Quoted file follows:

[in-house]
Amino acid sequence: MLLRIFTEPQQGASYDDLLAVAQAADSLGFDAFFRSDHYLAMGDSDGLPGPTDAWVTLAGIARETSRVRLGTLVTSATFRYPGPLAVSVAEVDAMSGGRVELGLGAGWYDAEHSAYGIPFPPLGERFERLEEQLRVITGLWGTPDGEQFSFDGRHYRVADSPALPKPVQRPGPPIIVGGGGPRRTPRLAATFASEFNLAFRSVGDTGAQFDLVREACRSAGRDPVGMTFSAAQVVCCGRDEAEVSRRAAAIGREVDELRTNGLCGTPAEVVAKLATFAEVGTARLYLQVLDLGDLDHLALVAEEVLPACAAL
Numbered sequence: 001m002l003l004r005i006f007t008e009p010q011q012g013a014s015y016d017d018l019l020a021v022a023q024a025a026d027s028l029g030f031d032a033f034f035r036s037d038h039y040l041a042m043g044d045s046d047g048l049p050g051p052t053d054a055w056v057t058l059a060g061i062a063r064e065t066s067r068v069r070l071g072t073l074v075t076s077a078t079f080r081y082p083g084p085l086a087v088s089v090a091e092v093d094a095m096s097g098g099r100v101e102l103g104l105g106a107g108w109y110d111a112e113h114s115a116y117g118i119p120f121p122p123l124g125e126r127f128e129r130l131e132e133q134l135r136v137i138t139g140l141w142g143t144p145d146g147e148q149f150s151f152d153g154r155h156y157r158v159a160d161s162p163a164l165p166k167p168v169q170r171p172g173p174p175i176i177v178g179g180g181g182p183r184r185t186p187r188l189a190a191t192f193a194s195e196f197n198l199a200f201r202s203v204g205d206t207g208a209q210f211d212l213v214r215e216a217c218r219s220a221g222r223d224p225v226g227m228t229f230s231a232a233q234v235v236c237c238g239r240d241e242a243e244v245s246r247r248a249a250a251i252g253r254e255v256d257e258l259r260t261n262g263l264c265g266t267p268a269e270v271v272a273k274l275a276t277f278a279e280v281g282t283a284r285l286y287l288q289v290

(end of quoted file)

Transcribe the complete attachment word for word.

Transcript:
[in-house]
Amino acid sequence: MLLRIFTEPQQGASYDDLLAVAQAADSLGFDAFFRSDHYLAMGDSDGLPGPTDAWVTLAGIARETSRVRLGTLVTSATFRYPGPLAVSVAEVDAMSGGRVELGLGAGWYDAEHSAYGIPFPPLGERFERLEEQLRVITGLWGTPDGEQFSFDGRHYRVADSPALPKPVQRPGPPIIVGGGGPRRTPRLAATFASEFNLAFRSVGDTGAQFDLVREACRSAGRDPVGMTFSAAQVVCCGRDEAEVSRRAAAIGREVDELRTNGLCGTPAEVVAKLATFAEVGTARLYLQVLDLGDLDHLALVAEEVLPACAAL
Numbered sequence: 001m002l003l004r005i006f007t008e009p010q011q012g013a014s015y016d017d018l019l020a021v022a023q024a025a026d027s028l029g030f031d032a033f034f035r036s037d038h039y040l041a042m043g044d045s046d047g048l049p050g051p052t053d054a055w056v057t058l059a060g061i062a063r064e065t066s067r068v069r070l071g072t073l074v075t076s077a078t079f080r081y082p083g084p085l086a087v088s089v090a091e092v093d094a095m096s097g098g099r100v101e102l103g104l105g106a107g108w109y110d111a112e113h114s115a116y117g118i119p120f121p122p123l124g125e126r127f128e129r130l131e132e133q134l135r136v137i138t139g140l141w142g143t144p145d146g147e148q149f150s151f152d153g154r155h156y157r158v159a160d161s162p163a164l165p166k167p168v169q170r171p172g173p174p175i176i177v178g179g180g181g182p183r184r185t186p187r188l189a190a191t192f193a194s195e196f197n198l199a200f201r202s203v204g205d206t207g208a209q210f211d212l213v214r215e216a217c218r219s220a221g222r223d224p225v226g227m228t229f230s231a232a233q234v235v236c237c238g239r240d241e242a243e244v245s246r247r248a249a250a251i252g253r254e255v256d257e258l259r260t261n262g263l264c265g266t267p268a269e270v271v272a273k274l275a276t277f278a279e280v281g282t283a284r285l286y287l288q289v290